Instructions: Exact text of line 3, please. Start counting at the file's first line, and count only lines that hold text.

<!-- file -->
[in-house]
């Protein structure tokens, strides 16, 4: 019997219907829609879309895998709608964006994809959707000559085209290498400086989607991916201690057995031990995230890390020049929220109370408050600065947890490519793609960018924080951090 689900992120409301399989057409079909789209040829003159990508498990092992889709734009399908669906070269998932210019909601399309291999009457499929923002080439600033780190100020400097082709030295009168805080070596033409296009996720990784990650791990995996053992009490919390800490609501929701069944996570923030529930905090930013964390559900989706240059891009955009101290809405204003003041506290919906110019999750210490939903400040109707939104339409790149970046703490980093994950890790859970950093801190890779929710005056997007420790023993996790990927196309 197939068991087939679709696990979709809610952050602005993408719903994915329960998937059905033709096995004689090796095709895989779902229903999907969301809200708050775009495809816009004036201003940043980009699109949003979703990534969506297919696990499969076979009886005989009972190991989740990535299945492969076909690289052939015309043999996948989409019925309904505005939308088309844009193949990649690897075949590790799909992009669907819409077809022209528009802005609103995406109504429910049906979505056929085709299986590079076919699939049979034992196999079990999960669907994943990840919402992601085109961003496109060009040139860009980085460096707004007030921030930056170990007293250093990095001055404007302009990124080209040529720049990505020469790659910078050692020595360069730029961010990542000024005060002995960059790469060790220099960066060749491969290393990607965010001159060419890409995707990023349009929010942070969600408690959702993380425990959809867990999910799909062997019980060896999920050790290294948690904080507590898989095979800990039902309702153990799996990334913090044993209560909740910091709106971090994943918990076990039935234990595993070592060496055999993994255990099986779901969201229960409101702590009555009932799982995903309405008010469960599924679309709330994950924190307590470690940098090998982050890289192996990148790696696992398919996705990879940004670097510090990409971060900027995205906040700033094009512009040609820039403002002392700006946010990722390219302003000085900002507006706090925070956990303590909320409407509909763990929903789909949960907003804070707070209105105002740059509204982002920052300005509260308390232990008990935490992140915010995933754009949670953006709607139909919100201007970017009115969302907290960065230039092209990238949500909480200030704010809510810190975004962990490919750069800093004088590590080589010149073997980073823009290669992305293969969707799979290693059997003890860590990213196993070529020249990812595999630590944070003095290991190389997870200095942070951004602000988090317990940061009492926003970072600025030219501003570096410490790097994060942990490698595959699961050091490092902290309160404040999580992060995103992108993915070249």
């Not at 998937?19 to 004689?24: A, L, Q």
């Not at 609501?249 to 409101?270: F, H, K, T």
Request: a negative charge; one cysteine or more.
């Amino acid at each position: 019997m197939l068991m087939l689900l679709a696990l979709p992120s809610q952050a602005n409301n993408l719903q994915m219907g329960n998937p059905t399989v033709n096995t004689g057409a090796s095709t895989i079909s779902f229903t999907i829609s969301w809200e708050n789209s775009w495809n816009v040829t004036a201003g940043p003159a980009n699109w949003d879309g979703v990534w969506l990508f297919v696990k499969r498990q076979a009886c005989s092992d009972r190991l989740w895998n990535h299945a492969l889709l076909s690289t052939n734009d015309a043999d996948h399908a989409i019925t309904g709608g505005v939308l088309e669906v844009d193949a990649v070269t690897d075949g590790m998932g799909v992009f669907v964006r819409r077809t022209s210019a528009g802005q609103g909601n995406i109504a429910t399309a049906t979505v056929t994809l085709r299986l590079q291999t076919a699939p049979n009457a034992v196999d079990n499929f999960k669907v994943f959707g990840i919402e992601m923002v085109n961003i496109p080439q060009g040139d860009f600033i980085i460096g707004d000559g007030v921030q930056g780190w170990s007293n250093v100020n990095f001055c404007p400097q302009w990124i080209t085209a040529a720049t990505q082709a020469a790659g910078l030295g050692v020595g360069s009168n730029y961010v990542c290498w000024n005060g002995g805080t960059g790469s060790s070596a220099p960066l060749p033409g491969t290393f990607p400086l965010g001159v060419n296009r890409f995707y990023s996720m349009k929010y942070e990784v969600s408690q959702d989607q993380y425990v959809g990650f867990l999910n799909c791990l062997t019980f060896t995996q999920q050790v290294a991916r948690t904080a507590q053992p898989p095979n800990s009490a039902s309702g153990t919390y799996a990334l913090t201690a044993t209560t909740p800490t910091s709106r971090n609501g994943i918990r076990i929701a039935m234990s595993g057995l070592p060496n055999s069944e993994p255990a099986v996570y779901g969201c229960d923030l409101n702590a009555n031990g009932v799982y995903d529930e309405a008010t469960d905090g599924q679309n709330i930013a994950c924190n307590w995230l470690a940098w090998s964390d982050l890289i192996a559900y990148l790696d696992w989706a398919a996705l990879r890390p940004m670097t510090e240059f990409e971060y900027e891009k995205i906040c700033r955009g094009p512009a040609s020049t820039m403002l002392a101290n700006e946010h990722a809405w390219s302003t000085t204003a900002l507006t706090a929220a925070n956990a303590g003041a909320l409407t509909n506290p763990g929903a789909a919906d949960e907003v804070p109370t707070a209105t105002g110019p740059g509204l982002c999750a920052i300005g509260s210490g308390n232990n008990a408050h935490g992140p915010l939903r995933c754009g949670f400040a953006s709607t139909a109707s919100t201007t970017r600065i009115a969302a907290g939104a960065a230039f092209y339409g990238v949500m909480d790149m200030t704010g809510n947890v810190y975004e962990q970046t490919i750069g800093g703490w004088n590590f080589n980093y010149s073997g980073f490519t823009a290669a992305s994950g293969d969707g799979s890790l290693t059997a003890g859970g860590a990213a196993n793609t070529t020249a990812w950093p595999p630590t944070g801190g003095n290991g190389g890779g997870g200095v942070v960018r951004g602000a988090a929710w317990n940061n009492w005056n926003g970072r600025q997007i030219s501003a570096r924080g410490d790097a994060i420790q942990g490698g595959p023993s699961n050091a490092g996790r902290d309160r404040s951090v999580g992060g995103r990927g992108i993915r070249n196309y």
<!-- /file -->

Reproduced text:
């Not at 998937?19 to 004689?24: A, L, Q």